Design at heart of sustainable Wales

DEVELOPERS should push the boundaries of design to help Wales achieve its sustainable development goals, the new development director of the Design Commission for Wales has said.

Wendy Richards, an experienced urban designer and landscape architect, has been involved in delivering a diverse portfolio of high profile design projects, ranging from a major urban park development in Hong Kong’s New Territories to the Riverfront Theatre in Newport as part of a team at Austin-Smith: Lord.

She has spent the last three years working with Newport City Council and Newport Unlimited as their principal urban designer and has worked within the private and public sectors over a number of years, as well as being a voluntary member of the Design Commission’s own Design Review Panel. more at westernmail

New town ‘will form important wildlife habitat’

A NEW town will provide an “internationally important” wildlife habitat.

An ecologist acting for Multiplex Stannifer will today tell a planning inquiry that plans for the Mereham development include a wetland which would help water voles, reed buntings, amphibians and reptiles to thrive.

The inquiry will also hear from two other experts backing Multiplex with claims that the 5,100-home new town on the A10 near Stretham will enhance the landscape and will not be prone to flooding. more at Cambridge Evening News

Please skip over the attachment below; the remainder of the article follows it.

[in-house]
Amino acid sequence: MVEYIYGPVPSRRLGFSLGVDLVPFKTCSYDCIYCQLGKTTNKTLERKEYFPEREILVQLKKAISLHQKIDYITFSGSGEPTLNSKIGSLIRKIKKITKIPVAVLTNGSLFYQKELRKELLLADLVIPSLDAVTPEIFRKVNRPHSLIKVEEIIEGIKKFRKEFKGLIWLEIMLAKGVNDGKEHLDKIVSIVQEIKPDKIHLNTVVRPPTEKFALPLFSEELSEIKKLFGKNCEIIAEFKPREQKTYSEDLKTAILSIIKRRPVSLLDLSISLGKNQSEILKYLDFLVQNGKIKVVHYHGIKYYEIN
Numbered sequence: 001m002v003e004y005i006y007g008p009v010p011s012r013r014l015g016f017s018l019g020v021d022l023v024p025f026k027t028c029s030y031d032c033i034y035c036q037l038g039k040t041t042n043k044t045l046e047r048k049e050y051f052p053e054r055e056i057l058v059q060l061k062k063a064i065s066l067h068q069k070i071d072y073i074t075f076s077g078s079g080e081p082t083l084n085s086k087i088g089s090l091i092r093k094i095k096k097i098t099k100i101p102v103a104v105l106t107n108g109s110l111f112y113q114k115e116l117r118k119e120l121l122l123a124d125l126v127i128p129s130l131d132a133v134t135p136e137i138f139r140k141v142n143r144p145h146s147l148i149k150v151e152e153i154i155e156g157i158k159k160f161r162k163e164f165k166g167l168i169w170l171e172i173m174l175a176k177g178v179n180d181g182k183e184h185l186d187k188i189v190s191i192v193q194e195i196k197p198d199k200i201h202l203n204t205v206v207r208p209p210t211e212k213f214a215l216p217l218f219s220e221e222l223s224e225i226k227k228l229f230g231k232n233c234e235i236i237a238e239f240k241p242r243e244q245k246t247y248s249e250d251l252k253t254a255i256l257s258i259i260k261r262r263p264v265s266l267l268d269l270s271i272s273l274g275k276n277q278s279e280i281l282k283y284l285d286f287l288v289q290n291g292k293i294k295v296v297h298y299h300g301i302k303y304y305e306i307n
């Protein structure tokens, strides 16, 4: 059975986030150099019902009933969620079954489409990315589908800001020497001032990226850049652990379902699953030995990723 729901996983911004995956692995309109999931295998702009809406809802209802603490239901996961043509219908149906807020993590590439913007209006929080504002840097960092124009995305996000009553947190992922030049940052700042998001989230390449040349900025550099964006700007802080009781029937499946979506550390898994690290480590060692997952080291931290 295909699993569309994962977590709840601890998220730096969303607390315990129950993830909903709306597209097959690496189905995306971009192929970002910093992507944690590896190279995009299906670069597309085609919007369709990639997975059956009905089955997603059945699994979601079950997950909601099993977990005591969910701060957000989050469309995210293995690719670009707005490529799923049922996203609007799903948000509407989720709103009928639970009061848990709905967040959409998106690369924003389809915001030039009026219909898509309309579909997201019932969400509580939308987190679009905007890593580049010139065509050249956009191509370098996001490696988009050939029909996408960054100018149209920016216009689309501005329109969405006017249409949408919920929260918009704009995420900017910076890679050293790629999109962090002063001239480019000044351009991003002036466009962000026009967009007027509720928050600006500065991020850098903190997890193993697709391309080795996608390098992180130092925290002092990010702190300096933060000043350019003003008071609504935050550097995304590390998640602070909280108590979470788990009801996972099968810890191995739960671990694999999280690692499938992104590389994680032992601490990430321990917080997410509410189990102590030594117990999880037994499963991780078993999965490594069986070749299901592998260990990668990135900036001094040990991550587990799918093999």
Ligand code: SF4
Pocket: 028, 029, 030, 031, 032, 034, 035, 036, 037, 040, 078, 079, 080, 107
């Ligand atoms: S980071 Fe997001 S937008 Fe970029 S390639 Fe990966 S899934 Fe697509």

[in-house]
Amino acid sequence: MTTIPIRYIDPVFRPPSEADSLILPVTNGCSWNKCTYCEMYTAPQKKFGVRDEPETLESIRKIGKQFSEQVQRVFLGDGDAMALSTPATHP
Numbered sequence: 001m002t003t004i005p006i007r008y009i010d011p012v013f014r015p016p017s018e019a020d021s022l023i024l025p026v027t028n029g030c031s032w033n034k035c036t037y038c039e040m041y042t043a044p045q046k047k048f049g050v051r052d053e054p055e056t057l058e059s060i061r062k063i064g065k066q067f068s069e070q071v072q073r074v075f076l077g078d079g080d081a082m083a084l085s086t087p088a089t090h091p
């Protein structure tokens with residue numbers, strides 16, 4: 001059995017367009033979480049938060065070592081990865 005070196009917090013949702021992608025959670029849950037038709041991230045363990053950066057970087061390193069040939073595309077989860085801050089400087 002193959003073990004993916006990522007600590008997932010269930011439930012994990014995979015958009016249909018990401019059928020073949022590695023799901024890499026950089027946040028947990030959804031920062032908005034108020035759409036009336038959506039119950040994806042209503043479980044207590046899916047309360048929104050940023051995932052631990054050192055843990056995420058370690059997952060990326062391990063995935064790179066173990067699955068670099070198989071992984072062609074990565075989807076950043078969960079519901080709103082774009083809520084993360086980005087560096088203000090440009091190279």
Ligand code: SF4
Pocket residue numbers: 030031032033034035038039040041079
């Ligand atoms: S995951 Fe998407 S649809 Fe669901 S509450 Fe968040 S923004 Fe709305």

Seeing the Light at Last

Told from the beginning, the tale of the new Norman Foster-designed glass canopy over the Smithsonian‘s Old Patent Office Building isn’t pretty. Historic preservationists did not like the idea of covering the courtyard of the building, which houses the Smithsonian American Art Museum and the National Portrait Gallery. And they were incensed when renovation at the museums, which began in January 2000, resulted in the removal of the previous courtyard’s historic features, including two fountains and elm trees. The Smithsonian didn’t help things when it seemed to navigate the shoals of the various approval processes with the subtlety of a Visigoth re-landscaping ancient Rome.

more at Washington Post

Demand For Landscape Architecture Services Remains Strong

Washington, DC, November 19, 2007— Despite a housing slowdown, the vast majority of landscape architecture firms report they are just as or even more busy than before, according to a third quarter survey by the American Society of Landscape Architects (ASLA). More than three out of four firms reported steady or increased billable hours compared to the previous quarter, and four in ten firms were planning to hire additional staff. more at ASLA.org

The politics of remembering Ground Zero

NEW YORK – Michael Arad achieved the dream of many architects: He won the competition to design the memorial to the victims of September 11, 2001, in Manhattan. If he had thought, somewhat naively, that his plans would be implemented in the format he envisioned, he was quickly disillusioned. Arad, a young architect who seemed steeped in euphoria and quite astounded by his win, became caught up in an imbroglio of politicians, architects, public officials and interest groups. more at haaretz.com